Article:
Periodontal Disease or Gum Disease
Periodontal disease is an infection of the gum tissue that affects 1 in 2 Americans or 65 million Americans. It is often painless and undetected. If left untreated, it can cause loss of tissue and bone supporting your tooth.
- What is gum disease?
- What is a “deep cleaning” /scaling and root planing treatment for gum disease?
- Types of gum disease
- Risk factors for gum disease
- VIDEO: What is gum disease?
- What causes cavities?
- How does a tooth decay?
- How to prevent cavities?
- Take this quiz to find out if you are high, medium, or low risk for cavities/dental decay!
- VIDEO: How do cavities form?
- What is the treatment for dental cavities?
- Behavior modification and use of fluoride: When the bacterial infection is in the first layer of the tooth, it is possible to stop the cavity from progressing any further with better oral hygiene methods (brushing, flossing), diet change (decrease acid attacks, sugar exposure, etc), and use of fluoride.
- Simple filling: When the bacterial infection is in the first two layers of the tooth a simple filling can be done. The decayed tooth structure will be removed and replaced with a silver or tooth-colored filling.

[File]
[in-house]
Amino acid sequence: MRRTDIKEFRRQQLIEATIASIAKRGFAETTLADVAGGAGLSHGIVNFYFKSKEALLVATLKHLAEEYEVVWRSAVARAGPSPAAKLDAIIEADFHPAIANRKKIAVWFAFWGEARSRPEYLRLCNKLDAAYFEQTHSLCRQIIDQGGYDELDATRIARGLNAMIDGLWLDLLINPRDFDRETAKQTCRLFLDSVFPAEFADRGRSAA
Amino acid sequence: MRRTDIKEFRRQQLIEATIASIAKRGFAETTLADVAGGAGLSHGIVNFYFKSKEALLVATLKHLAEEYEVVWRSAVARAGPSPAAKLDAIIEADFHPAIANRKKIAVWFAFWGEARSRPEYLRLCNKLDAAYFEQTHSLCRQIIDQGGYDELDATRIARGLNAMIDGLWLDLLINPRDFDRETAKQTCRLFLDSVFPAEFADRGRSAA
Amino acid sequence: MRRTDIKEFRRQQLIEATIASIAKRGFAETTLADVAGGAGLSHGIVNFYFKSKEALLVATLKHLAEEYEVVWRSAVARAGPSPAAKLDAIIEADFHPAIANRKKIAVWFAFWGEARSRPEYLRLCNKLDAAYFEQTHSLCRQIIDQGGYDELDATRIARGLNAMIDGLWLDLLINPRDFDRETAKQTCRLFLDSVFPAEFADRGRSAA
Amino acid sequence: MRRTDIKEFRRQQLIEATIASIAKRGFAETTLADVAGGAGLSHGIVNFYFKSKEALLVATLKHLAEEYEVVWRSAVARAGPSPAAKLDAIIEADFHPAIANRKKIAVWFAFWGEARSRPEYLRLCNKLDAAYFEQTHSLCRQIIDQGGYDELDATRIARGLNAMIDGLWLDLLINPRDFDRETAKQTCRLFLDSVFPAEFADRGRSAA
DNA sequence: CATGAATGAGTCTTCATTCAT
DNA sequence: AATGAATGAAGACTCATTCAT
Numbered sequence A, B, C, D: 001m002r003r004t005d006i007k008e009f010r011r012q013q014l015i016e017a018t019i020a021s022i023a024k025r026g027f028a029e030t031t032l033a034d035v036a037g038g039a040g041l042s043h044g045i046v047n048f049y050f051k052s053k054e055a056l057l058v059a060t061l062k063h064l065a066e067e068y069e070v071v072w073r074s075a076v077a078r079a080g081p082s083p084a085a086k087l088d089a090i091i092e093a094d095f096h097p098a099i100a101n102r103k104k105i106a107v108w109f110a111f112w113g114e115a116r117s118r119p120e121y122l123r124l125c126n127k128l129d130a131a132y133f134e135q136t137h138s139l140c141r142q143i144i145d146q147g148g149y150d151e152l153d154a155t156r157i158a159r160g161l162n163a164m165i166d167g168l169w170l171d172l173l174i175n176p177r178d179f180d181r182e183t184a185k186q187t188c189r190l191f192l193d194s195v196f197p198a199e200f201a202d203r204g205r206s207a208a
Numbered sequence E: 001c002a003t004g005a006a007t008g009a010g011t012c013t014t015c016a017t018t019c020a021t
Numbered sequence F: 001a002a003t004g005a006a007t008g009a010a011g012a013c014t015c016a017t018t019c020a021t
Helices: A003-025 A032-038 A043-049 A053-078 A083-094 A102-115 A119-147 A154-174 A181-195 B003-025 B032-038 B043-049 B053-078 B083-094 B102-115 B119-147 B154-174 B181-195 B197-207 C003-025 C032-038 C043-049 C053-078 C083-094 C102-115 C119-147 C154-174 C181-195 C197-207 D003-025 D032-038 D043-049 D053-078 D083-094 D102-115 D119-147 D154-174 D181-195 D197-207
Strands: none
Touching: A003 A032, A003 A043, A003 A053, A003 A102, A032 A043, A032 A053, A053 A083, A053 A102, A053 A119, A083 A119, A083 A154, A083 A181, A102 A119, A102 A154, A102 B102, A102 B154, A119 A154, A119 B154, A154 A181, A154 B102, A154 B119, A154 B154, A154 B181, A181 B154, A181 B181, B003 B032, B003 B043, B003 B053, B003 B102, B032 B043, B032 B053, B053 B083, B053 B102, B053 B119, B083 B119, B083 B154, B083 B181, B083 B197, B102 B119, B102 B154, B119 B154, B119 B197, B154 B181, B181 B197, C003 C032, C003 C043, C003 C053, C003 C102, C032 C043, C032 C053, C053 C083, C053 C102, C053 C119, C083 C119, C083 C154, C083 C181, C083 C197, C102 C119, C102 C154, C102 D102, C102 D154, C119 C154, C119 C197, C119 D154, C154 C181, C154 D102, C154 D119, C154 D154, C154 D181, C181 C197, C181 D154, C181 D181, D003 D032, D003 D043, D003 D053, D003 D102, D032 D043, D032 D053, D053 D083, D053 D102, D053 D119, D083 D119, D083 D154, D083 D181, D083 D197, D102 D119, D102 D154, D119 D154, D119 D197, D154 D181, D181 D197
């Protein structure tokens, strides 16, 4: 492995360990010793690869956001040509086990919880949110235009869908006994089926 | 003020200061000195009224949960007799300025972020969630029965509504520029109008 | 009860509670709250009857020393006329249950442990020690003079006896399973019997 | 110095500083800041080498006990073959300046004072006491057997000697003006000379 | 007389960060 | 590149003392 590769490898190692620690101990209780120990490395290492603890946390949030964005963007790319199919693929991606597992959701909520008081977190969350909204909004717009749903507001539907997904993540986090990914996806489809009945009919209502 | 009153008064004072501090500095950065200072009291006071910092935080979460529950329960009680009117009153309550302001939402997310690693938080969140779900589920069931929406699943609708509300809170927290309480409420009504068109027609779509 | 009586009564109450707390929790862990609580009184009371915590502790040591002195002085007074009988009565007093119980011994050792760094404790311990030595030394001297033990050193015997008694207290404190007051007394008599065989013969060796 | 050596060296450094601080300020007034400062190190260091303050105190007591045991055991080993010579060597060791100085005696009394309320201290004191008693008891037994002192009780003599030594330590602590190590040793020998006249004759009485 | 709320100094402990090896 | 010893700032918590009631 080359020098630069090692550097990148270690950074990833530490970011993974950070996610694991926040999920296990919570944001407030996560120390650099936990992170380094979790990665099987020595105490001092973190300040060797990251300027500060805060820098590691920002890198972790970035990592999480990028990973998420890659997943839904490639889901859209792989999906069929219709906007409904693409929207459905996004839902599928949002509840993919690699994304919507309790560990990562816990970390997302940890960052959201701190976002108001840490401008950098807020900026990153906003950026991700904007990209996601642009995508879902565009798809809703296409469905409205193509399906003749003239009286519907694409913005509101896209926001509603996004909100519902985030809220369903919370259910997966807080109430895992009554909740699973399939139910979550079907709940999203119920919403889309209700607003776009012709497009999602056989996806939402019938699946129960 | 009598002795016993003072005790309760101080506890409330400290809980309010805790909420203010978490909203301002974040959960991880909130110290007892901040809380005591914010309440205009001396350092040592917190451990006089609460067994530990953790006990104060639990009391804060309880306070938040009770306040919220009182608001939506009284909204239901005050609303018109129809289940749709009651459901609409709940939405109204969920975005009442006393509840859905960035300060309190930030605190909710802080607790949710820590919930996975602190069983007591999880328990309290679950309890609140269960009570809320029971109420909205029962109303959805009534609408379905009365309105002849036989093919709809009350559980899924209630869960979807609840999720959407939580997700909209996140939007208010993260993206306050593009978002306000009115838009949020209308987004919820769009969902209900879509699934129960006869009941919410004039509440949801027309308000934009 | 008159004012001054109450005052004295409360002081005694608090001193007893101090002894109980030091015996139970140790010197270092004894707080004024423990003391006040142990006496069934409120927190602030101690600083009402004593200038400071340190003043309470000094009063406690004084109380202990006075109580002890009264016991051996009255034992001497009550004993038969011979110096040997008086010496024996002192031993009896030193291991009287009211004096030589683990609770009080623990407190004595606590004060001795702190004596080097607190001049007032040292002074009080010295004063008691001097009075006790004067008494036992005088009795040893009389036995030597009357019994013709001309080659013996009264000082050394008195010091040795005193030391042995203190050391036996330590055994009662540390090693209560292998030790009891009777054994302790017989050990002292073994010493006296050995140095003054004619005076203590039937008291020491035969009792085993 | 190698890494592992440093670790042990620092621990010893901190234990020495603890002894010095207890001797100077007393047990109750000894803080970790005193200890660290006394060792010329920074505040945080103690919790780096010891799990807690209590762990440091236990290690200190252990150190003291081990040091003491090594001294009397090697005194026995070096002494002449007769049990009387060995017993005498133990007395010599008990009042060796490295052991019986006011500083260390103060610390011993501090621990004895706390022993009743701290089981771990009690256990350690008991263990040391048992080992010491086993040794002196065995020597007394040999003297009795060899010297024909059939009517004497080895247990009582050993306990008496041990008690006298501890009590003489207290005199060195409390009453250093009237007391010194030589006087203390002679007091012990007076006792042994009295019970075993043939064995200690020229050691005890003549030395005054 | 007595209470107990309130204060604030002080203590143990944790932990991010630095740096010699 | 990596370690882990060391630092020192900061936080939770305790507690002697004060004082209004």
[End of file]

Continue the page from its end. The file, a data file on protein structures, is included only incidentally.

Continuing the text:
- Root canal: When the bacterial infection has reached the innermost part of the tooth where the nerve and blood supply is, a root canal procedure must be done. This ensures the bacteria is removed in the nerve canal and resolves infection at the base of the tooth. A large filling then is placed and a crown, or cap, is made to protect tooth.
- Extraction or Tooth Removal: When the bacterial infection has decayed a majority of the tooth, a root canal and filling cannot be done. The tooth will need to be removed